In addition, the mixing of comedy and tragedy together effects the theme "game of love" and gives the reader an idea of how the happy ending comes about. In the beginning of the play, when Prince hears about how much Claudio loves Hero, he promises to "woo for [Claudio] to obtain her, [he] will join with [Claudio] to disgrace her" (18.104.22.168). In this play, Prince just likes to be a matchmaker, pairing people up with whom they love, thinking that love is just a game, and not thinking what a tragedy it will cause to Claudio. Moreover, another use of game of love in the play is when Claudio turns Hero down and Beatrice wants Benedick to "kill Claudio" (4.1.294). This clearly depicts the game of love because by using the relationship she has with Benedick, she forces Benedick to go to Claudio and fight him. Leonato similarly uses the same technique on Claudio for what he has done "he could not be [Leonato's] son-in-law, be yet [Leonato's] nephew: [to marry Leonato's] brother's daughter" (5.1.288-289). The brother's daughter stated in this quote was actually Hero, and it was part of Leonato's plan of the game of love somewhat like a payback for what he has done- to let him feel remorseful. Shakespeare combined comedy and tragedy to alter reader's moods, which clearly affect the happy ending through the use of the theme "game of love.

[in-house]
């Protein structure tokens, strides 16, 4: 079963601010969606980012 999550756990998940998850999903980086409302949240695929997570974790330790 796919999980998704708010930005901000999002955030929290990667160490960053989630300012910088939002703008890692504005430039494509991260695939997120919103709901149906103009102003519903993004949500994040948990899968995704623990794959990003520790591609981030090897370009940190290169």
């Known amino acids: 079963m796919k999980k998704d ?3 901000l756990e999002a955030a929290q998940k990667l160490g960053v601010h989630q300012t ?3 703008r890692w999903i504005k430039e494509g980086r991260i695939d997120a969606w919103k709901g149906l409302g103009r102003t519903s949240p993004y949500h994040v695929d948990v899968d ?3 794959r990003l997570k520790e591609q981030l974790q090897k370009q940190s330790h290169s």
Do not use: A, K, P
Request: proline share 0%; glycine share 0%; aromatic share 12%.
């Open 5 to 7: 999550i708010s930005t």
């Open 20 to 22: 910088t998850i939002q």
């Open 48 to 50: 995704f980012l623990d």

Furthermore, Shakespeare illustrates a clear happy ending towards the end of the book, but is it convincing enough even after the comedy and tragedy were merged together in this play. With the entrance of Claudio to the church on the second ceremony (after Hero's fictitious death) the action proceeds with slightly stiff formality towards this ceremony, he said, "I'll hold my mind, were she an Ethiope" (5.4.39). This obviously shows even though he confirms his resolve to go through with the arrangement, but is hardly enthusiastic about the wedding because Don John has hurt him deep enough. From all the things that just happen in Messina are concluded in a sentence by Antonio, he said "Well, I am glad that all things sort so well" (5.4.7). The first colloquial "Well" and last happy-ending, abverbial "well" neatly enfolds "all things" about which there has been so much "ado" in the preceding scenes which really makes the reader wonder if the happy ending is really that convincing. The most important of all is that after a happy successful marriage, Messenger came back and said, "Don John taken flight and brought with armed man back to Messina" (5.4.128-129). Shakespeare end it with a successful marriage and with the comeback of Don John really leaves his reader clueless of what is about to come. In the end, the ending really makes a good debate for his reader whether the play is a comedy or a tragedy.
To conclude, Shakespeare is trying to depict an obvious happy ending. He tries to show the ending by changing reader's mood through the change of roles between comedy and tragedy, how the combination effect the theme "game of love", and making a good debate for whether the "happy ending" is convincing. For Shakespeare the idea of a happy ending might not be one that will last forever, because of how devastating a tragedy will be. However, Shakespeare is trying to tell his readers that whenever there is a tragedy it does not always mean that there will not be a happy ending.
Shakespeare, William. Much Ado About Nothing. Ed.
Barbara A. Mowat and Paul Werstine. The New FolgerLibrary Shakespeare. New York: Washington Square,1993.